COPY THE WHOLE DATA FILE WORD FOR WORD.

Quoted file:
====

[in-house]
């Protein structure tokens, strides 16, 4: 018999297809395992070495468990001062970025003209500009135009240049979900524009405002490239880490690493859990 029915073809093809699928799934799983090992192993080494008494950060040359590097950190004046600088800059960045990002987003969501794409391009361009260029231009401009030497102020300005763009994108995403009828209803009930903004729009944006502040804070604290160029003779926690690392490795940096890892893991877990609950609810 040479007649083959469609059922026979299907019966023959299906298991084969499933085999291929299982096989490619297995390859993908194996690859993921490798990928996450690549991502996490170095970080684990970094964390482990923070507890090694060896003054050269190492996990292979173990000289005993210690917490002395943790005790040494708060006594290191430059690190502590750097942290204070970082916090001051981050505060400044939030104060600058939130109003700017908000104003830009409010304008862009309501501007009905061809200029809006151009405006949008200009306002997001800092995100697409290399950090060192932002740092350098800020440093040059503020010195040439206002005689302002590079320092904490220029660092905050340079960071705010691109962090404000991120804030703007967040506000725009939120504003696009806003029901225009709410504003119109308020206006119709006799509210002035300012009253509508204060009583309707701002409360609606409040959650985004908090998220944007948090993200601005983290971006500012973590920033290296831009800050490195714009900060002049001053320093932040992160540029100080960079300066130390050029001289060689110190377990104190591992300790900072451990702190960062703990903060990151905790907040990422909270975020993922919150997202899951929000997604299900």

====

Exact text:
[in-house]
């Protein structure tokens, strides 16, 4: 018999297809395992070495468990001062970025003209500009135009240049979900524009405002490239880490690493859990 029915073809093809699928799934799983090992192993080494008494950060040359590097950190004046600088800059960045990002987003969501794409391009361009260029231009401009030497102020300005763009994108995403009828209803009930903004729009944006502040804070604290160029003779926690690392490795940096890892893991877990609950609810 040479007649083959469609059922026979299907019966023959299906298991084969499933085999291929299982096989490619297995390859993908194996690859993921490798990928996450690549991502996490170095970080684990970094964390482990923070507890090694060896003054050269190492996990292979173990000289005993210690917490002395943790005790040494708060006594290191430059690190502590750097942290204070970082916090001051981050505060400044939030104060600058939130109003700017908000104003830009409010304008862009309501501007009905061809200029809006151009405006949008200009306002997001800092995100697409290399950090060192932002740092350098800020440093040059503020010195040439206002005689302002590079320092904490220029660092905050340079960071705010691109962090404000991120804030703007967040506000725009939120504003696009806003029901225009709410504003119109308020206006119709006799509210002035300012009253509508204060009583309707701002409360609606409040959650985004908090998220944007948090993200601005983290971006500012973590920033290296831009800050490195714009900060002049001053320093932040992160540029100080960079300066130390050029001289060689110190377990104190591992300790900072451990702190960062703990903060990151905790907040990422909270975020993922919150997202899951929000997604299900």